LINC has been a valued resource and partner throughout my tenure at the Ford Foundation. Planning for LINC was underway when I arrived here in 2002, and it’s been my great fortune and pleasure to be a part and supporter of LINC’s arc of work—from its early investments in the Creative Communities and health care reform to the Artography and Space for Change programs.
Throughout LINC’s history, it has embodied certain key values. The most important of these has been its commitment to cultural diversity. LINC’s work has contributed in important ways to our understanding of how changing demographics are changing the aesthetic practices of artists and communities. Its partner list is one of the most diverse imaginable—from the International Sonoran Desert Alliance to Elizabeth Streb, from Urban Bush Women to PA’I Foundation in Hawaii to Casita Maria in the Bronx. This is one of the reasons we turned to LINC when we were developing our ideas for a new initiative focused on changing aesthetics in a changing America. LINC was a true thought partner in developing and implementing Artography. And LINC’s early work on space for artists helped inform Ford’s thinking about investing in artist-centered cultural spaces, especially in communities of color, and ultimately the Space for Change initiative. Another important value that LINC has upheld is a commitment to continuous learning. This can be seen in the numerous research reports that LINC commissioned, but also in the dynamic, multi-facted learning community that LINC built and sustained. LINC’s trust in the knowledge and experience of its partners meant that it emphasized cross-community and cross-institution sharing, which speeded both its partners’ learning and the creation of new networks of inter-disciplinary practitioners across the country. I hear all the time from LINC groups about how they are sharing knowledge with each other, and now have networks of colleagues they didn’t know previously.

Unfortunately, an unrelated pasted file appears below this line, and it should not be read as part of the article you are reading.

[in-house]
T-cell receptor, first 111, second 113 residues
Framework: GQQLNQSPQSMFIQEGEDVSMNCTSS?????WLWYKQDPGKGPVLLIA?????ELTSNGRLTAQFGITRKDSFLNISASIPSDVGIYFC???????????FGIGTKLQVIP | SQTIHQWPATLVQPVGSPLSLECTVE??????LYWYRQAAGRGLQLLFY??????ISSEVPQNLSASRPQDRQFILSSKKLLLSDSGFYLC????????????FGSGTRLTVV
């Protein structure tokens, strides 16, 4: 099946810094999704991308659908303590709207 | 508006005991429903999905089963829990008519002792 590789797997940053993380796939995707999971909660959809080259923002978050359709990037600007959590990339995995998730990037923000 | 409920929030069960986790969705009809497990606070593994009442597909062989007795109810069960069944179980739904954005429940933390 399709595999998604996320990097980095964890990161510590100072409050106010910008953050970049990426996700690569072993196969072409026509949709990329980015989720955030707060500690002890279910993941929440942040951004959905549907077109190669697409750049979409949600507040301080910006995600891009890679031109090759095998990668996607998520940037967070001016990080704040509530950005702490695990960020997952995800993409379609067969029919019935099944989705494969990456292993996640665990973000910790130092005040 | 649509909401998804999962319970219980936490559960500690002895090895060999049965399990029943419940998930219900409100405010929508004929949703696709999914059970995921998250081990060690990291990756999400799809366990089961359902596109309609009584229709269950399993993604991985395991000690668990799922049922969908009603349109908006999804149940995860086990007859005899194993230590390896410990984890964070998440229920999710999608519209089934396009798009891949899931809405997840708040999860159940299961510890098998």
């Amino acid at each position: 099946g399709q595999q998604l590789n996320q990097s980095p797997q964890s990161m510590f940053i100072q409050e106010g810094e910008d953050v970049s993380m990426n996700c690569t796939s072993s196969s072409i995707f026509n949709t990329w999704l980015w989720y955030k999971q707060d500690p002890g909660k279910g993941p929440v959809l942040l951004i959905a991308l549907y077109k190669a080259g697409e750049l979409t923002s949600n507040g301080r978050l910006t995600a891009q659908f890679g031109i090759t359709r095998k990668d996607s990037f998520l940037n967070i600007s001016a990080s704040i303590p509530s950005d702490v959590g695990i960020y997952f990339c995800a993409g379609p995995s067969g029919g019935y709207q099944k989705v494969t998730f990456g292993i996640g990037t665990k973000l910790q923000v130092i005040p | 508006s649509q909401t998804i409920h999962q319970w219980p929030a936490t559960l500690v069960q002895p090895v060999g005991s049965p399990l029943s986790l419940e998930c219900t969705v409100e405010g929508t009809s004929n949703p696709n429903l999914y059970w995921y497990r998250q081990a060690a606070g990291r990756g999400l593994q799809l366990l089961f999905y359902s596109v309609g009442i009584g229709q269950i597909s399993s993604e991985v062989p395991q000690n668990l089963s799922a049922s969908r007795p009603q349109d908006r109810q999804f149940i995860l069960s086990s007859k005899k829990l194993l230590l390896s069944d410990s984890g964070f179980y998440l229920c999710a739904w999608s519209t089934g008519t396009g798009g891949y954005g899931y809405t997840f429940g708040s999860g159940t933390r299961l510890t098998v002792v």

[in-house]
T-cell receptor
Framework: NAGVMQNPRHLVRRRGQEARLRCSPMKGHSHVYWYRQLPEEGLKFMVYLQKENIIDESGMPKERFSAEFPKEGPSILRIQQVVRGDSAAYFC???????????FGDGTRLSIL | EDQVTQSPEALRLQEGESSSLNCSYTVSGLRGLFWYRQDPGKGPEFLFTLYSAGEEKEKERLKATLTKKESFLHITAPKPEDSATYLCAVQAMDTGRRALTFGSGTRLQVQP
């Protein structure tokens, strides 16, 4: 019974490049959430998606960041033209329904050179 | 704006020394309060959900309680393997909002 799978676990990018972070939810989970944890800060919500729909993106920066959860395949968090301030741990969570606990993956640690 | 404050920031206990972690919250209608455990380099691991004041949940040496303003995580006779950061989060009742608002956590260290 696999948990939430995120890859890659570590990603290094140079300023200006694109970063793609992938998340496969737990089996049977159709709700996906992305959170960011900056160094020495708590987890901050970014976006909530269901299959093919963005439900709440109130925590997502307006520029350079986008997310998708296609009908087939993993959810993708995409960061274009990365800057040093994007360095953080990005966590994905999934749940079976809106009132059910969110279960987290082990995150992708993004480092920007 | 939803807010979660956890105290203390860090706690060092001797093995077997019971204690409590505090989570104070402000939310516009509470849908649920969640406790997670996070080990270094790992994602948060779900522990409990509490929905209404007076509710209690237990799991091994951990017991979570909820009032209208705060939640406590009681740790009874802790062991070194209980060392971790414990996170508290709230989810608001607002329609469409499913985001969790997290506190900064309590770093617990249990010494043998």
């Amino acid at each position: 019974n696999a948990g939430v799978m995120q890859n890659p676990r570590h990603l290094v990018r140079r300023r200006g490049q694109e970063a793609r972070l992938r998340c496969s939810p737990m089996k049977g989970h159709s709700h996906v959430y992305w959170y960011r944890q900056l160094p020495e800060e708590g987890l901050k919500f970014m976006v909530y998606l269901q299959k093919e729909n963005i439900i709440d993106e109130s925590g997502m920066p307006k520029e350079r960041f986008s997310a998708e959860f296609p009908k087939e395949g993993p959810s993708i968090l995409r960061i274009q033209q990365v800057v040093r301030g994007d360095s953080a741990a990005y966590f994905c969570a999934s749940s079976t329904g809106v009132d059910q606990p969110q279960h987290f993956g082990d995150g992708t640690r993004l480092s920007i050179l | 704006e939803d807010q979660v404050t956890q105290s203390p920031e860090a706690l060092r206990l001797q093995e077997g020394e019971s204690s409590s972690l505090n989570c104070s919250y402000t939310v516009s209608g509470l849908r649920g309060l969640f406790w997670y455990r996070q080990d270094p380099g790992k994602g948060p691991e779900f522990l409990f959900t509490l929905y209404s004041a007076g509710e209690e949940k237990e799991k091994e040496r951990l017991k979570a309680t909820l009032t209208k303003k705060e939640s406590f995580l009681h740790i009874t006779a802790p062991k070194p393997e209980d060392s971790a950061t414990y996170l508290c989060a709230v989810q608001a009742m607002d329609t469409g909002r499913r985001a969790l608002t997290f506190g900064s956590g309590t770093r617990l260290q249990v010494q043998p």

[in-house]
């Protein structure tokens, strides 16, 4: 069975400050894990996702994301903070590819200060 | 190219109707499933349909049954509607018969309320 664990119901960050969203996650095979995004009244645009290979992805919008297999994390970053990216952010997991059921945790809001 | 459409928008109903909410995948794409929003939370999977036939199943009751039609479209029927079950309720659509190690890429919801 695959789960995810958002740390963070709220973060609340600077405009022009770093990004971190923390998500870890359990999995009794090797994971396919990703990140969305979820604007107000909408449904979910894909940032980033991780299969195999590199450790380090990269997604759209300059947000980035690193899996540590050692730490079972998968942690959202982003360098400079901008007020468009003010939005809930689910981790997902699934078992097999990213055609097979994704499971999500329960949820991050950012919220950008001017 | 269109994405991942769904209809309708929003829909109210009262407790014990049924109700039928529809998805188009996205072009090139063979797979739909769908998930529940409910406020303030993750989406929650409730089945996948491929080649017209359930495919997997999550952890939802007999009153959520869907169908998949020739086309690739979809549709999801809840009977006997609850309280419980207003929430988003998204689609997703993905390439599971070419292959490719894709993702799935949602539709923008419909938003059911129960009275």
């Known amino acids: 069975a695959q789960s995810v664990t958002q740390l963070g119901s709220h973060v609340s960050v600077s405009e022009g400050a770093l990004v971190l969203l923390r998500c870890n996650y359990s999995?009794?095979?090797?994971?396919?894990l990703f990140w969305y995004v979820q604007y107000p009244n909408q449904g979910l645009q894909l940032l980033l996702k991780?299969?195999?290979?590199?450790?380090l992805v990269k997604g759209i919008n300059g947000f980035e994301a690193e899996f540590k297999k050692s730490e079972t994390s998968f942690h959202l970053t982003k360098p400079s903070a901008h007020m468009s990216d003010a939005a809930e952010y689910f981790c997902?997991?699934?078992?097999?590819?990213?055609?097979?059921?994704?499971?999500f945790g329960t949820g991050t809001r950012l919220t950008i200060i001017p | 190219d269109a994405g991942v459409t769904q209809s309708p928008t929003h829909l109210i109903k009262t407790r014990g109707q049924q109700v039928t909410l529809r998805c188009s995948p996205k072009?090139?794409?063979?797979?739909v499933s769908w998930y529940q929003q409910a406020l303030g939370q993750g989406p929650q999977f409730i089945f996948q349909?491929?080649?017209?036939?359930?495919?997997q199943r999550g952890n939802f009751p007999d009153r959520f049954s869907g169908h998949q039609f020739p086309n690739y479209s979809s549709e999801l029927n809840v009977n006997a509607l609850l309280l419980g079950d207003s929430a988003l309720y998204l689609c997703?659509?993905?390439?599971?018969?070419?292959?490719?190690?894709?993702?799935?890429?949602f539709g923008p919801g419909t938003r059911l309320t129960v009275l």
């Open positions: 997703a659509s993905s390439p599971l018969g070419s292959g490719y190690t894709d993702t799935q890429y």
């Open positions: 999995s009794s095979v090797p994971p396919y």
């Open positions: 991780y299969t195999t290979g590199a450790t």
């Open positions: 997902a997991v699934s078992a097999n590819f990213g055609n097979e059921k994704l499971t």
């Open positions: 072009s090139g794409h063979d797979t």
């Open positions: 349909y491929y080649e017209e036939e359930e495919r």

Another value that distinguishes LINC is flexibility and adaptability. The landscape changed several times during LINC’s relatively short life—the recession, for one thing, and the passage of the Affordable Care Act for another. I was impressed by how nimbly LINC responded to these shifts, adjusting plans and investments quickly and strategically to diminish negative impacts and make the most of the new situation.
LINC wasn’t perfect. I wish we had made more progress on terminology and added more phrases to the lexicon that capture the emerging practices and philosophies of the kind of organizations and artists that LINC supported. But even without more concise messaging, I see that LINC has influenced a broad cross-section of funders, community leaders, and cultural organizations. In all kinds of places—foundations, urban planning offices, neighborhood revitalization projects, local banks and businesses—many more people are now asking, “Where are the artists in this?” That is LINC’s hand, and its legacy.